Idaho Supreme Court temporarily blocks implementation of new abortion law
Planned Parenthood has asked the court to find the law unconstitutional
The Idaho Supreme Court building in Boise on March 20, 2021. (Otto Kitsinger for Idaho Capital Sun)
The Idaho Supreme Court issued an order Friday temporarily blocking the implementation of a new Texas-style abortion law, as the court prepares to review a legal challenge to Idaho’s law.
Idaho Supreme Court Chief Justice G. Richard Bevan signed the order that stayed implementation of Senate Bill 1309, which would allow relatives to sue a medical professional who performs an abortion after cardiac activity is detected, for a minimum of $20,000. The law is modeled after a Texas abortion law and expands on Idaho’s existing Fetal Heartbeat Preborn Child Protection Act, which the Idaho Legislature passed via House Bill 366 in 2021.
The Idaho Attorney General’s Office issued an opinion saying the law would likely prohibit almost all abortions in Idaho and would likely be found unconstitutional if challenged in court.
Gov. Brad Little signed Senate Bill 1309 into law on March 23 after writing that he supports the pro-life policy of the bill but worried it would “be proven both unconstitutional and unwise.”
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Days later, on March 29, Planned Parenthood Great Northwest filed a petition with the Idaho Supreme Court seeking to block the law’s implementation and have it thrown out and declared unconstitutional.
The law’s supporters say Senate Bill 1309 would reduce the number of abortions.
But in its legal petition, Planned Parenthood argued the bill is an unprecedented power grab that would wreak havoc on the lives of Idahoans and their rights.
“SB 1309’s enforcement mechanism and substance are blatantly unconstitutional, so much so that Idaho’s Attorney General’s Office released an opinion to this effect, and the Governor emphasized similar concerns upon signing,” Planned Parenthood’s attorneys wrote. “Even setting aside the fundamental right to privacy in making intimate familial decisions guaranteed by Idaho’s Constitution, the bill’s flaws are flagrant and many: It violates the separation of powers doctrine (Art. II, § 1); Idaho’s prohibition on special legislation (Art. III, § 19); the due process clause’s prohibition on excessive and vague penalties (Art. I, § 13); the guarantee of informational privacy (Art. I, §§ 1, 2, 17, 21); and the equal protection clause (Art. I, §§ 1, 2). SB 1309 should be invalidated for any of these independent reasons alone. Yet it goes one step further, effectively banning abortions before viability in Idaho, in violation of Petitioners’ patients’ rights under nearly fifty years of precedent.”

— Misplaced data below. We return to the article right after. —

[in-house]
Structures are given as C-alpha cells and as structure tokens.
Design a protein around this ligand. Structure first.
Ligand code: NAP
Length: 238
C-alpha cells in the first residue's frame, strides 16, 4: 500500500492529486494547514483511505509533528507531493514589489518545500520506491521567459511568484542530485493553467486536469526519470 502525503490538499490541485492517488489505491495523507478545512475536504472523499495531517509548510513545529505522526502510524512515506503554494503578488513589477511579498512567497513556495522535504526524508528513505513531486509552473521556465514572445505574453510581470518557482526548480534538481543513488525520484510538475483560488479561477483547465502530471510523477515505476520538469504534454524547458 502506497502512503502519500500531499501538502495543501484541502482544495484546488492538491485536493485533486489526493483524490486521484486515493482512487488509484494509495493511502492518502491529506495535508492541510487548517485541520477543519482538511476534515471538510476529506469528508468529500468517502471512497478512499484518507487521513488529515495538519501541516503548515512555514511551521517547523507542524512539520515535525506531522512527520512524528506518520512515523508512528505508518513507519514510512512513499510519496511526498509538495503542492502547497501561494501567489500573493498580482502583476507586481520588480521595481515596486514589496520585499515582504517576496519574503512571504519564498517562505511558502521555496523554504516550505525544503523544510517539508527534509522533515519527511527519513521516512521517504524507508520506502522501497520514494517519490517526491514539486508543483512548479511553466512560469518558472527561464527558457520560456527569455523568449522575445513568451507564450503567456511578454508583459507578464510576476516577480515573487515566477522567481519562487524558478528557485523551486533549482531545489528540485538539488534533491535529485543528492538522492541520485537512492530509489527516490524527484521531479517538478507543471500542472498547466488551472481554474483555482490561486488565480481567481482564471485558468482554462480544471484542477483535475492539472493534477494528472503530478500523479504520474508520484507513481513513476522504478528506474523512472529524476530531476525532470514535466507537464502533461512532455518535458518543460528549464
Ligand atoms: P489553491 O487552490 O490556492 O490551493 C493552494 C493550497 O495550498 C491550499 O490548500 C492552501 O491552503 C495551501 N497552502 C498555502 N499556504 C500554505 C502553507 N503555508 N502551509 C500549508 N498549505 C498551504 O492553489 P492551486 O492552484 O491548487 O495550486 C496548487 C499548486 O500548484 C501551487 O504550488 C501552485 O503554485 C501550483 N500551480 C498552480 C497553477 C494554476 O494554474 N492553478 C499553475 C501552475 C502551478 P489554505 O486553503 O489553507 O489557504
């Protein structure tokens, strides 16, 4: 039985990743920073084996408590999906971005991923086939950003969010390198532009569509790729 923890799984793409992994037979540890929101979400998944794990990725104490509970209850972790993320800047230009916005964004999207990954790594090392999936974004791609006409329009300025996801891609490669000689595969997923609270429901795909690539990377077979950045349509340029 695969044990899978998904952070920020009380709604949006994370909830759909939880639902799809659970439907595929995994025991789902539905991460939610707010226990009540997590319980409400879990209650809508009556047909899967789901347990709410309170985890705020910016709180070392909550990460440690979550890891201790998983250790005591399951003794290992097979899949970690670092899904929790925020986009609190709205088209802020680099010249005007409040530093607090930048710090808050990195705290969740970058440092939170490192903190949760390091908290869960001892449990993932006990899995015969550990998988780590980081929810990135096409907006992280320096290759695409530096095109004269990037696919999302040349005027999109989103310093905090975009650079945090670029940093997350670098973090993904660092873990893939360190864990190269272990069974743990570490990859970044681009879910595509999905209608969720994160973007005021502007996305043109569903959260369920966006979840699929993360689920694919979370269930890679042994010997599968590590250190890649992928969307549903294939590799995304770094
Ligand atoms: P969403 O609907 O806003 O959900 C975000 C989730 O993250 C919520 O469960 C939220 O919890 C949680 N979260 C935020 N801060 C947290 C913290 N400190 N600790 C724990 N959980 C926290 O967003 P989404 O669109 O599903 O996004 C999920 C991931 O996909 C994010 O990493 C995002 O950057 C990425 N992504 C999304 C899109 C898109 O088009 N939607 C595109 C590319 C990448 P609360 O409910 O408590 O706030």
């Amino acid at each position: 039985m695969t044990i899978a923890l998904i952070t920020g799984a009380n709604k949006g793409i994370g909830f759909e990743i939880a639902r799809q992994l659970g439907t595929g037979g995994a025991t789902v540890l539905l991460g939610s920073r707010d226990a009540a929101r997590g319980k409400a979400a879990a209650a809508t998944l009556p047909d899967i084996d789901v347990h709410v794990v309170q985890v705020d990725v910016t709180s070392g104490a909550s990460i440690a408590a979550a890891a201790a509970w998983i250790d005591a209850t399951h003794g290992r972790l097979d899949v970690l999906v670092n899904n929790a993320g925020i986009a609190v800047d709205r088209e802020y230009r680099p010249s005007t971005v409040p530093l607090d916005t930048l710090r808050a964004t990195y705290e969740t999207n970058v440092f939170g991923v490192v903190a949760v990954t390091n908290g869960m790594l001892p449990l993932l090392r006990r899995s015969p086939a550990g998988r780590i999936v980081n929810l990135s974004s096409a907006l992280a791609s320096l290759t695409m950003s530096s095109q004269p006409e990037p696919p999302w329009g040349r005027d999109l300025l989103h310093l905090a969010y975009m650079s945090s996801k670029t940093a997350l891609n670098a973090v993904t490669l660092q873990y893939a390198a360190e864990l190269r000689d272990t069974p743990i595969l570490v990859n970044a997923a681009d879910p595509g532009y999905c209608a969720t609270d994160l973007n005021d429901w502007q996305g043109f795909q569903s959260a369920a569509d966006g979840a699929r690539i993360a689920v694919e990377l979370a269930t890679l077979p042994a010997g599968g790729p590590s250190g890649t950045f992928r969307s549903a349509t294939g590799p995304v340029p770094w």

Reached late Friday afternoon, Little’s press secretary, Marissa Morrison-Hyer, said Little’s office does not comment on pending litigation.
Planned Parenthood leaders issued a statement welcoming the Idaho Supreme Court’s order.
“Patients across Idaho can breathe a sigh of relief tonight,” Rebecca Gibron, interim CEO of Planned Parenthood Great Northwest, Hawai’i, Alaska, Indiana, Kentucky, said in a written statement. “We are thrilled that abortion will remain accessible in the state for now, but our fight to ensure that Idahoans can fully access their constitutionally protected rights is far from over. Anti-abortion lawmakers have made clear that they will stop at nothing to control our lives, our bodies and our futures. Planned Parenthood will continue fighting for every person’s ability to access basic health care, no matter their race, ZIP code, or economic status. We look forward to our day in court.”
The law would have become effective April 22 without the Idaho Supreme Court’s new order temporarily blocking its implementation while the court reviews the law.
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